As mentioned earlier, social analytics provides insights through viewer’s comments as well as count of likes, shares and follows. This information, if forthcoming, may yield very useful insights of how the ad appeals to viewers, and whether or not they like it.
In reality though, only a few remarkably good (or bad) advertisements garner a sizeable number of social interactions.
A deeper, more rigorous understanding of likeability along specific attributes can be gauged through conventional market research.
In conventional studies, the likeability of an ad is usually measured in terms of rating on aspects such as enjoyable, entertaining, fun, appealing, interesting as well as overall like/dislike. Often a selection of questions is used, such as shown in Exhibit 23.9 where two ads are compared against a set of measures.
Overall liking is tracked both in absolute as well as relative terms in the context of other brands in the category.
In-market tests also measure the level of advertising fatigue, in terms of the percent of respondents who claim they are getting “fed-up with seeing” the ad.
Fatigue sets in over time, even for great advertisements. For offline campaigns, advertisers should consider withdrawing an ad, if 10% or more respondents claim (i.e. agree or strongly agree) they are “getting fed-up with seeing the ad”.
Similarly, on the internet, ads that viewers are tired of seeing should be moved to library folders, and be replaced by fresher content.
Note: To find content on MarketingMind type the acronym ‘MM’ followed by your query into the search bar. For example, if you enter ‘mm consumer analytics’ into Chrome’s search bar, relevant pages from MarketingMind will appear in Google’s result pages.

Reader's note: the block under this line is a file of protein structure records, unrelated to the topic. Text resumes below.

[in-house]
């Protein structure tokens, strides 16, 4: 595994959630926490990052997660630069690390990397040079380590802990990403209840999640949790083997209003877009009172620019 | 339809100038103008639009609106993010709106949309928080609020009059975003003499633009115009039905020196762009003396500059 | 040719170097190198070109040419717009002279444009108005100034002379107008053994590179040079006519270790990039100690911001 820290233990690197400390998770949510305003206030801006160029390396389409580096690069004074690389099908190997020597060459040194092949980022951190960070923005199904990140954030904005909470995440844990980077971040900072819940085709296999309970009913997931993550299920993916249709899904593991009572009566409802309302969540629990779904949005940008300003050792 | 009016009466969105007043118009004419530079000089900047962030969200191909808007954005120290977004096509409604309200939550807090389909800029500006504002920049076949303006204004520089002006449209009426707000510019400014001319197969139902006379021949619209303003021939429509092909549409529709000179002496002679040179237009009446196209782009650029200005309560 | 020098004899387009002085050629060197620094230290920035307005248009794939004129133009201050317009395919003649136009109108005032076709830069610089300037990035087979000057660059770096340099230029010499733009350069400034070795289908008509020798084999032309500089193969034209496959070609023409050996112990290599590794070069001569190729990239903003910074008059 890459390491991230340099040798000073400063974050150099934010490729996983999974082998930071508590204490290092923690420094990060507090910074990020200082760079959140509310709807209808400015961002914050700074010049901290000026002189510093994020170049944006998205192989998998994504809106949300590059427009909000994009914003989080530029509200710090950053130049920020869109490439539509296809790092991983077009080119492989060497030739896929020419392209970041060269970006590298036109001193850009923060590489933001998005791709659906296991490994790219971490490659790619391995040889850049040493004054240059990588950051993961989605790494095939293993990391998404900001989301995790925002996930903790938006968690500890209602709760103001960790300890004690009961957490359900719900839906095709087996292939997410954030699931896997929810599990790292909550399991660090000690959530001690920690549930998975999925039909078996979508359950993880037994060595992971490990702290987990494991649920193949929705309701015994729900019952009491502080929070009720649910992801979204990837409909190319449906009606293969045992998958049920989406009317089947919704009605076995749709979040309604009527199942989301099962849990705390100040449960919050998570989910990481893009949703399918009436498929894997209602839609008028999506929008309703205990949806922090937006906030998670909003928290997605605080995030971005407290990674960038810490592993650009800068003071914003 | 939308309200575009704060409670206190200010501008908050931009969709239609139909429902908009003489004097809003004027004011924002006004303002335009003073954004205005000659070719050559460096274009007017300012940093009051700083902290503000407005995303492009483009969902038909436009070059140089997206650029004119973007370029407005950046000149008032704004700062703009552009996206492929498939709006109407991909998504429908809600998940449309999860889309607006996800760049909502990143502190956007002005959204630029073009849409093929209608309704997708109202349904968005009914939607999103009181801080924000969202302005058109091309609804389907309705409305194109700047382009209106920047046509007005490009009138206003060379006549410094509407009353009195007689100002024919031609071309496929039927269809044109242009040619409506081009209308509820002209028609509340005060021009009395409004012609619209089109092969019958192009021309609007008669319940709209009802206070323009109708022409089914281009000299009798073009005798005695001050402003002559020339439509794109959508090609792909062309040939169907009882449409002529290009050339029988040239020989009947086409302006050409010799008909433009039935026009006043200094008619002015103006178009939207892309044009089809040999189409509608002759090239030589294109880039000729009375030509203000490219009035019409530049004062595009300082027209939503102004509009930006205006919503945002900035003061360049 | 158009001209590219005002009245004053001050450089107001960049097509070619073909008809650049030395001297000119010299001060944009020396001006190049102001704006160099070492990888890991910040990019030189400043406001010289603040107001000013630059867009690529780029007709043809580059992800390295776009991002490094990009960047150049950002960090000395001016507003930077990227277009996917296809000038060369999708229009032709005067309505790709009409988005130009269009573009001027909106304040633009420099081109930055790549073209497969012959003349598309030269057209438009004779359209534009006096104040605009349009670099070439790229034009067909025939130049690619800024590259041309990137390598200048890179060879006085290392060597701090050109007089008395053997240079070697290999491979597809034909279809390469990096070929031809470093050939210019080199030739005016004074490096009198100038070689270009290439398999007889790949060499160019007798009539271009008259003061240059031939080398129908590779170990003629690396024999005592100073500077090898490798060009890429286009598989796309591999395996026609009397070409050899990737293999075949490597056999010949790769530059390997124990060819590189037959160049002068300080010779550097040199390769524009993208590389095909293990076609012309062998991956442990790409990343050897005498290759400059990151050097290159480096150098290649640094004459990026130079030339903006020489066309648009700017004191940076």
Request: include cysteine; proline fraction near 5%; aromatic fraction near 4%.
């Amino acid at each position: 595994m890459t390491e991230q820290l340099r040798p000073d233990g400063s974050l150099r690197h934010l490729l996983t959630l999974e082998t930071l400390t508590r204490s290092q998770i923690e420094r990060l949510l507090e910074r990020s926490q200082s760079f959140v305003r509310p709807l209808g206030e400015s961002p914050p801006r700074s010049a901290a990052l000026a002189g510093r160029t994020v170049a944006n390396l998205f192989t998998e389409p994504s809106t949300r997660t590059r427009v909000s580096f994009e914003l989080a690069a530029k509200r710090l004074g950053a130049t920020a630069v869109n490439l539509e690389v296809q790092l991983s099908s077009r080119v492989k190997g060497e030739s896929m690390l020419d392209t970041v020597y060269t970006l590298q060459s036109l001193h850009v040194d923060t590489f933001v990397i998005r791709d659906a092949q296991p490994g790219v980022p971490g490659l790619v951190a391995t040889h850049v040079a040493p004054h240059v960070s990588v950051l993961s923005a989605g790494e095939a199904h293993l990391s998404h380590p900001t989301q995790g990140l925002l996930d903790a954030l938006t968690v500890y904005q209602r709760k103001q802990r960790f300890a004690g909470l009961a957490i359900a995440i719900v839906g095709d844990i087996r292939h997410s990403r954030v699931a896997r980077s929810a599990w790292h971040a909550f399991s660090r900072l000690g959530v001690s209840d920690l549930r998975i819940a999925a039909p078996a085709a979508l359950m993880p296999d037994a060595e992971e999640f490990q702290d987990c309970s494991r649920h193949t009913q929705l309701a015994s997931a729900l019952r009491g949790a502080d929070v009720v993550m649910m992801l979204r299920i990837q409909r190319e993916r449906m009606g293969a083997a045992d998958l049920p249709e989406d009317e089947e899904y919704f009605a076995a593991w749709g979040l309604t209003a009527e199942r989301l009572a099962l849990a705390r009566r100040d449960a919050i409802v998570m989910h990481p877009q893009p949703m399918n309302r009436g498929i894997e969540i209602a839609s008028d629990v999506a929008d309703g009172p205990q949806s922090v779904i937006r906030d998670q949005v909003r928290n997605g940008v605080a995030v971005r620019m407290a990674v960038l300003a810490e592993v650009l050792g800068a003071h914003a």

Marketing has changed. More so in practical terms, and marketing education is lagging.
The fundamental change lies in the application of analytics and research. Every aspect of the marketing mix can be sensed, tracked and measured.
That does not mean that marketers need to become expert statisticians. We don't need to learn to develop marketing mix models or create perceptual maps. But we should be able to understand and interpret them.
MarketingMind helps. But the real challenge lies in developing expertise in the interpretation and the application of market intelligence.
The Destiny market simulator was developed in response to this challenge. Traversing business years within days, it imparts a concentrated dose of analytics-based strategic marketing experiences.
Like fighter pilots, marketers too can be trained with combat simulators that authentically reflect market realities.
But be careful. There are plenty of toys that masquerade as simulators.
Destiny is unique. It is an authentic FMCG (CPG) market simulator that accurately imitates the way consumers shop, and replicates the reports and information that marketers use at leading consumer marketing firms.
While in a classroom setting you are pitted against others, as an independent learner, you get to play against the computer. Either way you learn to implement effective marketing strategies, develop an understanding of what drives store choice and brand choice, and become proficient in the use of market knowledge and financial data for day-to-day business decisions.